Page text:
Image: Microsoft

More and more developers seem to be piling on the hate for the Xbox Series S – Microsoft’s cheaper, lower-ended next-gen console. Speaking in an interview with Wccftech, Quantic Dream’s David Cage (Heavy Rain, Detroit: Become Human) admitted that he wasn’t a fan of the system due to its separate, weaker hardware configuration, which “complicates” the development process.

While the Xbox Series X boasts a 12.15-TFLOP AMD RDNA 2 GPU (52 CUs at 1.825 GHz) and 16 GB of GDDR6 RAM, its lesser sibling features a 4-TFLOP GPU (20 CUs at 1.565 GHz) with 10 GB of memory. That translates to a lower performance target of 1440p at 60 FPS vs. the flagship’s 4K at 60 FPS (although both can still hit 120 FPS in certain titles, according to Microsoft).

“Many developers prefer consoles to PC because on consoles you only have to deal with one hardware, whereas on PC there are so many configurations, graphic cards, drivers, controllers etc. that makes the development much more complex,” Cage began.

He goes on to suggest that the power of the Xbox Series X will be wasted because developers tend to build their titles with the lowest-tier hardware in mind.

“When a manufacturer offers two consoles with different specs, there is a strong chance that most developers will focus on the lower-end version to avoid doing two different versions,” he continued. “I must confess that I am really not a big fan of this situation. I think it is confusing for developers, but also for players, and although I can understand the commercial reasons behind this choice (a difference of €200 on the street price) I think the situation is questionable.”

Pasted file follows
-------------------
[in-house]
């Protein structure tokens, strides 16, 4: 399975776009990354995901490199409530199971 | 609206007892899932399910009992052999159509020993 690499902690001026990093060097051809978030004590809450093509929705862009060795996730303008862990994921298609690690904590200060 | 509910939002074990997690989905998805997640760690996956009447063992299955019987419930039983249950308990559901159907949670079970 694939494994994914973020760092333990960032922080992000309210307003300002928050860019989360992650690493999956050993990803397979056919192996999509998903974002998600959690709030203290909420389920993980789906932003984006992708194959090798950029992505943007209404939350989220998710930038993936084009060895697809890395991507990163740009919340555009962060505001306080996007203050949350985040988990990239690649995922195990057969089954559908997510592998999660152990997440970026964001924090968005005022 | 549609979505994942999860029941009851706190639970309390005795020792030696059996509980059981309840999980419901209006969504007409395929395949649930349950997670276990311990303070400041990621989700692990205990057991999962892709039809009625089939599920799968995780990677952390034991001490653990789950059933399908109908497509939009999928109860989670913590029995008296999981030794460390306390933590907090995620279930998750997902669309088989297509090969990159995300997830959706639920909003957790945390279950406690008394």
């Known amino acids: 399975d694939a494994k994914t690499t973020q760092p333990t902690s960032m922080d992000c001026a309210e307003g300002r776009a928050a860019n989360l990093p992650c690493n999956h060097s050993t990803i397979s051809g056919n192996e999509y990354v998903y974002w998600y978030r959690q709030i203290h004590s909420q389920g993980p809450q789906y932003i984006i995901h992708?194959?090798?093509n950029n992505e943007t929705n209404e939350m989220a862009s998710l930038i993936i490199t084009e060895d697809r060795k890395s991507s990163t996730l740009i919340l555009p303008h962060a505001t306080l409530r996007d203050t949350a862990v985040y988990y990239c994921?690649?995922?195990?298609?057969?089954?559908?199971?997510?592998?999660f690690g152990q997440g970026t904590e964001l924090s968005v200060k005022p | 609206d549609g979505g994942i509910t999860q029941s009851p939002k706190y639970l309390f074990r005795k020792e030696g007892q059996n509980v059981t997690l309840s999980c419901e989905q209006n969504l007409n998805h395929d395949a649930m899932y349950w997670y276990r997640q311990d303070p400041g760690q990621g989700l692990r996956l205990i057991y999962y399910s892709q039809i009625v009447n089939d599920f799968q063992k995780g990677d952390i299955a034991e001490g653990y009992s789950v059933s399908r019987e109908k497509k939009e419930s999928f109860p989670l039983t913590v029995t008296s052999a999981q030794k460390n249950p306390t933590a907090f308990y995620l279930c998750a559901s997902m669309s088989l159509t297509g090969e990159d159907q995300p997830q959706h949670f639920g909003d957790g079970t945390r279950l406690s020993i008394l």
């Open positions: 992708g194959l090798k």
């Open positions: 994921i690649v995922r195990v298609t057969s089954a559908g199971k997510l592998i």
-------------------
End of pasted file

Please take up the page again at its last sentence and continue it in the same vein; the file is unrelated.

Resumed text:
“Regarding Quantic Dream, as we develop our own technology and engines, we are determined to optimize our titles for each platform. Being now a PC developer, we are implementing scalable features based on the platform, which is very helpful to highlight what the hardware has best to offer,” Cage added.

As much as we’ve enjoyed Quantic Dream’s games, we can’t help but scratch our heads at what Cage is saying, especially for someone who’s regularly had to port games to the PC in the past. What makes the Xbox Series S different? And did he forget that separate tiers already exist in the market (e.g., PS4/PS4 Pro, Xbox One X/Xbox One S)?

Who knows, but in a recent interview with The Verge, Jason Ronald (Microsoft’s director of Xbox program management) tackled the issue head on and suggested that the disparity is a non-issue.

“We did a lot of analysis of what it would really mean to run a game at 4K with 60fps and then to scale that down to 1440p at 60fps,” Ronald said. “The reality is you don’t need as much memory bandwidth because you’re not loading the highest level MIP levels into memory. You don’t need the same amount of memory as well.”

“Developers have a whole host of different techniques, whether that’s changing the resolution of their title, things like dynamic resolution scaling frame to frame — that’s something we’ve seen a lot of adoption of, especially towards the end of this generation,” he explained. “And obviously the ability to enable and display different visual effects, without actually implementing the fundamental gameplay.”

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3 Comments

  1. Now if Quantic Dream actually made "games" that people wanted to play. All they have produced is very slick looking interactive … things. I don’t know what to call them, but they don’t feel like games.

    I’m actually about 2/3 way through Beyond Human right now. It looks amazing, but is it fun? Ehhhhh. More like a choose your own adventure interactive movie. And the only reason I even have it is because Sony gave it away on PS+, no way I would pay for these.